Urban mobility has always had a gradual (and mostly slow) revolution over the last 200 years. From the steam powered engines in the 18th and 19th century to the ones that we drive on fossil fuels today on petrol, diesel and gas.
By all means though, it seems that the 21st century will belong to electric vehicles (EV), and it wouldn’t be too much of a stretch to say that EV will have as a great an impact on the planet as much as petrol did. In this insight, we go deeper in the EV ecosystem to learn more and see what sense it makes as an investment.
Growth Trends in Indian Market
Monthly sales of electric vehicles (EVs) in India witnessed a significant year on year growth of 265% - from 8,119 units in August 2020 to 28,906 units in August 2021.
Source: Vahan Database, JMK Research
54% of all EV sales in India has been made only in 4 states. Uttar Pradesh is leading other states with a considerable edge over the others, with a 20% share of the overall sales, followed by Karnataka (13%), Tamil Nadu (11%) and Maharashtra (10%) which are in close proximity to one another. These rankings, though, are in isolation as it is limited to sale / registration of EVs only. The following graphic provides a ranking of electric vehicles sold as compared to 1000 non EVs sold and is indicative of the level of the opportunity in this space.
Source: CEEW-CEF analysis
15 Indian states have policies for Electric Vehicles, either approved or notified stages, with another 6 states having a policy in ‘draft stage’. States such as Delhi, Gujarat, Maharashtra, and Meghalaya are driving incentives that are demand based (i.e. change of rules and setting of infrastructure to drive demand), while others (including the states of Andhra Pradesh, Karnataka, Tamil Nadu and Uttar Pradesh) are focusing on manufacturer led incentives (such as financial subsidies, exemptions etc.). It is expected that the states with incentives to support demand will be making infrastructural provisions for manufacturing EV or ancillary components, in a plug-and-play mode. More details on state wise policies on EV provided further in the insight.
For the month of August 2021, category wise uptake of EVs is shown in the graphic below:
Source: Vahan Database, JMK Research
96% of all electric vehicles sold in August 2021 comprised of electric two wheelers and electric three wheelers (passenger and cargo) type. The remaining 4% comprise of electric cars, buses, adapted vehicles, fork-lifts, goods carriers and trailer (agriculture) vehicles. This data represents electric vehicles across 1,313 RTOs in 33 states / UTs of India
Electric Vehicles as a B2B play
Rise in logistics and e-commerce have led to a rise in the need for last mile delivery agents, who are ably supported by their 2 and 3 wheelers, a large portion of which are beginning to shift to electric vehicles, with the rise in the prices of petrol and diesel. This also includes logistics providers to e-commerce behemoths such as Amazon and Flipkart, as well as food delivery agents of Swiggy and Zomato, as well as some other start-ups.
For B2B players, the shift to electric vehicles has been more about gross margins than positive impact on the climate. As Sohinder Gill, CEO of the Hero Electric (market leader in the EV space, as on August 2021) stated, a ride of 80 km would consume 2 liter of petrol (which as on the day of writing this costs INR 220/- in Mumbai) or the same range can be done in 4 units of electricity (which would cost up to INR 30/-).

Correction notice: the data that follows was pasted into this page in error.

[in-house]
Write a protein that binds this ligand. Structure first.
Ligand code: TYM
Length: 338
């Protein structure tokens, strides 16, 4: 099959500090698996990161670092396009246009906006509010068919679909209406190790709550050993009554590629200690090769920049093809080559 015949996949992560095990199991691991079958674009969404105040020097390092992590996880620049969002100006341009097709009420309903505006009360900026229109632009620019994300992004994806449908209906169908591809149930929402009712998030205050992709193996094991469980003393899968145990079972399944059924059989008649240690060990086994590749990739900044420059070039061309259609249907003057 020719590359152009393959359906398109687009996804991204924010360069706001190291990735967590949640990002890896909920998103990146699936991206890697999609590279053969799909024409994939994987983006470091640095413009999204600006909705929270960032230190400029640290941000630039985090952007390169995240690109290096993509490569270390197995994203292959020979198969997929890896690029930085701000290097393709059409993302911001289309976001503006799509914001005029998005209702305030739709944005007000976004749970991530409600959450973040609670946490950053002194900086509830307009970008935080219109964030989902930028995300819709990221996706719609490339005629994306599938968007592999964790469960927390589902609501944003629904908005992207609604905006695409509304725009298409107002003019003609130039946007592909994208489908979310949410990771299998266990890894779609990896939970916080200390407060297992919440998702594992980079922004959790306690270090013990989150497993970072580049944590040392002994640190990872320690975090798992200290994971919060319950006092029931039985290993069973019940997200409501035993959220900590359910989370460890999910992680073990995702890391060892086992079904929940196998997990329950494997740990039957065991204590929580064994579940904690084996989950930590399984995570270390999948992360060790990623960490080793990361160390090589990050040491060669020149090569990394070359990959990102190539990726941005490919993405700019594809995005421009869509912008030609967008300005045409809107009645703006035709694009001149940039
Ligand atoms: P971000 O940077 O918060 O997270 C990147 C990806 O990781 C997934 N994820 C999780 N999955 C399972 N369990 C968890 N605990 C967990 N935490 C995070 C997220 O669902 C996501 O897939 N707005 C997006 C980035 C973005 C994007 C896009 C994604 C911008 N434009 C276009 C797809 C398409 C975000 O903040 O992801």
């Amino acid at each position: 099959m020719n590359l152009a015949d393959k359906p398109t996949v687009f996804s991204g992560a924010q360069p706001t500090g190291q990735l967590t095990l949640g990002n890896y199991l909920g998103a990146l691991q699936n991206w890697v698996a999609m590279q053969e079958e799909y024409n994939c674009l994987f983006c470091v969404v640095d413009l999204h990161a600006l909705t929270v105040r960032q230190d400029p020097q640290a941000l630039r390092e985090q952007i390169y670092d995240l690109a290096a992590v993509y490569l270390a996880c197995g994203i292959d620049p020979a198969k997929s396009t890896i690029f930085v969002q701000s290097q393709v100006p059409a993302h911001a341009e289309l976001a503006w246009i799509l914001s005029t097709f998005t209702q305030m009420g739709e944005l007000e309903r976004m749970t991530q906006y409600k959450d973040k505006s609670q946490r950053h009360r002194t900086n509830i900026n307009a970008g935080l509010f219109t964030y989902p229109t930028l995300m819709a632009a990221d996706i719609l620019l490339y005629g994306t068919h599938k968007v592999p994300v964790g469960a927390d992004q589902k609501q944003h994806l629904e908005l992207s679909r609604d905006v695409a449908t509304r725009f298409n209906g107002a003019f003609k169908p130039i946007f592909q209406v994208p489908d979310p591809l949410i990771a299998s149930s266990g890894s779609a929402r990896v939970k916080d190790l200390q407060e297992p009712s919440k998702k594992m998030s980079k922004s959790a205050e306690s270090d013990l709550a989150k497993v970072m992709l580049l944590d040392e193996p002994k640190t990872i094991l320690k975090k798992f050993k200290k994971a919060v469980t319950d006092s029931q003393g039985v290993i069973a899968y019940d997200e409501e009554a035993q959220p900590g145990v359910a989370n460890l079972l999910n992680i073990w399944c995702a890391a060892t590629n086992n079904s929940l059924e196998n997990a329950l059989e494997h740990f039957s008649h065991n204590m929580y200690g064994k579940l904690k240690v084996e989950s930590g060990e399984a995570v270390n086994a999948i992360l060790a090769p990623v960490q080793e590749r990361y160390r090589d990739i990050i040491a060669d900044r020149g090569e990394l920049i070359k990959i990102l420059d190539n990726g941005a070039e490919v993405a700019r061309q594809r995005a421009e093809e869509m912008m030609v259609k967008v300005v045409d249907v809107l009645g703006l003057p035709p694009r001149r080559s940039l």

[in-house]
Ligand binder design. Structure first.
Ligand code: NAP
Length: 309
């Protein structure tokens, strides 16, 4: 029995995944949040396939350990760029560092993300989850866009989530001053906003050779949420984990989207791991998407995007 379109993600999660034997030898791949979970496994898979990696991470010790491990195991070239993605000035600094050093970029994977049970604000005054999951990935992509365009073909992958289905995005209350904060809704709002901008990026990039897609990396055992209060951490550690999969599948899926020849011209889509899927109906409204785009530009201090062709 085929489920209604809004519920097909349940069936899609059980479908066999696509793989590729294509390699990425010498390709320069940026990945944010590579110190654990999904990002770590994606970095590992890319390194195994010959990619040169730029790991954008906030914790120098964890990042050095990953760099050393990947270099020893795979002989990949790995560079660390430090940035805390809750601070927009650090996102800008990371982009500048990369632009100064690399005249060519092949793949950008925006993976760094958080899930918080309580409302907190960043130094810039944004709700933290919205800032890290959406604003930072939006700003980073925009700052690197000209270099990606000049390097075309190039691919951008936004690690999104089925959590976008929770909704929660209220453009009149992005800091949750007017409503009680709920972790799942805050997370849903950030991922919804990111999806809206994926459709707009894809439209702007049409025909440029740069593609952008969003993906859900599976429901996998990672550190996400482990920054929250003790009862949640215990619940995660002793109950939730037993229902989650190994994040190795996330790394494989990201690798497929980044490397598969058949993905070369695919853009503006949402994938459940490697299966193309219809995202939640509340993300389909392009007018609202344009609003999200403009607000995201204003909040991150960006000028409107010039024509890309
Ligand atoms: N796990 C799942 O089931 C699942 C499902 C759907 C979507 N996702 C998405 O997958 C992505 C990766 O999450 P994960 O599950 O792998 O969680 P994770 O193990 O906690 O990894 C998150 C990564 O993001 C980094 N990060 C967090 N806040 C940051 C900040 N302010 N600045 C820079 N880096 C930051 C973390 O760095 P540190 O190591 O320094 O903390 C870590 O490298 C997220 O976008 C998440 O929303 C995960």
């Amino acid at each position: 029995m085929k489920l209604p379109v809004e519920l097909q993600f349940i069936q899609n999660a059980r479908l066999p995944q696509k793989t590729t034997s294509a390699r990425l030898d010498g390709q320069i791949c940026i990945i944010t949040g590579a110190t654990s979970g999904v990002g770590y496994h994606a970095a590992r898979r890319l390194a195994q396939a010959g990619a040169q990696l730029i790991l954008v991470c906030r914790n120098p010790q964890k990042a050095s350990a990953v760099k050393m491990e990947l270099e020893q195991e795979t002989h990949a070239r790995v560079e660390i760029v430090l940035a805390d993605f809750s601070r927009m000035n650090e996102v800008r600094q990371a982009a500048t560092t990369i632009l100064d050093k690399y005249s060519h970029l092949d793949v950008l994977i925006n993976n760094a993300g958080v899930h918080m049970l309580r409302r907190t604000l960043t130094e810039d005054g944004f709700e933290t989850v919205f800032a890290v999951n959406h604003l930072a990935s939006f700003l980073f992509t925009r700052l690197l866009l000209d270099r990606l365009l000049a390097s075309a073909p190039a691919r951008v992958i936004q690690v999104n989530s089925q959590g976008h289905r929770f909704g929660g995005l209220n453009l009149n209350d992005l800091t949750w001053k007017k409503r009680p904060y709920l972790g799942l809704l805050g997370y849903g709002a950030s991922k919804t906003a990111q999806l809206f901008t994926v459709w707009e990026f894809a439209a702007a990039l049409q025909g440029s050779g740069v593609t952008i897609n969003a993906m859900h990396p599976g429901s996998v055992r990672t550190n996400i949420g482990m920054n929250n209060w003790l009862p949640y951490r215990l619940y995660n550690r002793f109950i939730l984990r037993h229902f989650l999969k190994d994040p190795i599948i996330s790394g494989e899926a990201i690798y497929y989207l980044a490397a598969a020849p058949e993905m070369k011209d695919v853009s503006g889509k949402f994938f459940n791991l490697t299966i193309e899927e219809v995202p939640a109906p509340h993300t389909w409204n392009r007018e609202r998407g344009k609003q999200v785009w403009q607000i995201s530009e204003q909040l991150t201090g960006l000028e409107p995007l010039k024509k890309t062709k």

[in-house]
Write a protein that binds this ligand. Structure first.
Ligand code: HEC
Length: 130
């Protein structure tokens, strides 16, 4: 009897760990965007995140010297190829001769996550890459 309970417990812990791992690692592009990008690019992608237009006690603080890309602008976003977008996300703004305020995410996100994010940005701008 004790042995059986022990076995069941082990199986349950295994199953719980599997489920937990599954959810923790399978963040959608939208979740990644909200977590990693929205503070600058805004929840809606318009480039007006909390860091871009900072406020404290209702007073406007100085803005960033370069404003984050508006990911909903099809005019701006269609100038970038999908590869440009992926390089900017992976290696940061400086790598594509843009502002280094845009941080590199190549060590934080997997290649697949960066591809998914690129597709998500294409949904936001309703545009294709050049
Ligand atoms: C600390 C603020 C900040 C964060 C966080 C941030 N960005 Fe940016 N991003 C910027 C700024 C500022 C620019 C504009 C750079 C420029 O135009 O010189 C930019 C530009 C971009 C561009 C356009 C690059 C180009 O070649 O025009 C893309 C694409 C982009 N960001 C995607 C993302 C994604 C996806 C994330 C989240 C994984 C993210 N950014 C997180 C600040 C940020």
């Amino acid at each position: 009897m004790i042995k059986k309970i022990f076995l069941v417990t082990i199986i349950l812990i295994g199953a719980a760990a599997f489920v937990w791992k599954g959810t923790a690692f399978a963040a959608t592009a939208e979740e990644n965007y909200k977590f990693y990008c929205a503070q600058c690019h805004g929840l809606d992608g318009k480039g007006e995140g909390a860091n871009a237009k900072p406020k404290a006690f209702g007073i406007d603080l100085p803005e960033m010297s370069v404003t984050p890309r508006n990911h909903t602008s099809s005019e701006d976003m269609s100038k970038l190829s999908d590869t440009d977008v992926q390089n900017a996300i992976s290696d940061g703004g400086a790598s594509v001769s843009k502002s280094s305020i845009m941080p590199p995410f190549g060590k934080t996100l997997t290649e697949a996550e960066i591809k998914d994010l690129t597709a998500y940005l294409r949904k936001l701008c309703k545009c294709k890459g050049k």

Those of you who would have been watching episodes of Shark Tank India would have probably come across a start-up that is focused on providing modular utility platforms across its two bike types that have a range from 70km – 140km, with a load capacity of 120kg – 200kg. These innovations indicate the range of solutions that the EV’s are being prepped up for.
The EV space is also seeing some big names join hands for setting charging infrastructure. Reliance BP Mobility and Swiggy, BLive and Ather Energy, Bounce Mobility and Chara are some recent joint ventures and partnerships to promote electric two-wheelers and setting up battery swapping stations, to produce customized motors and adopt EV for building tourism ecosystem. Hero Electric and EV Motors are together planning to roll out battery solutions and charging infrastructure to run a pilot of around 10,000 e-bikes over 12 months. The network is aiming to provide 30-minute rapid charging to last-mile-delivery operators, including e-commerce, online food, fleet operators and courier-delivery businesses.
Separately, the charging infrastructure needed to support these EV’s on the road is going to need significant uplift. According to a recent industry research report, India will need 400K new charging stations to keep pace with the 2 Mn new EV’s expected on the roads by 2026; while as of end 2021, there were approximately only ~1000 such public charging stations available.
Policy Level Interventions and Support
By 2023, Government of India plans to move 50% of vehicles to EV-led mobility systems and switching completely to EVs by 2025, for public and high polluting segments of public and personal mobility. A slew of incentives and announcements have been made to encourage the manufacturing and adoption of electric vehicles, including reduction of GST (goods and services tax) to 5% from 12%, an exemption of customs duty and additional income tax deduction of INR 1,50,000/- on the interest paid on loans for purchasing EVs, for individuals. These subsidies though, are not available for companies or corporates.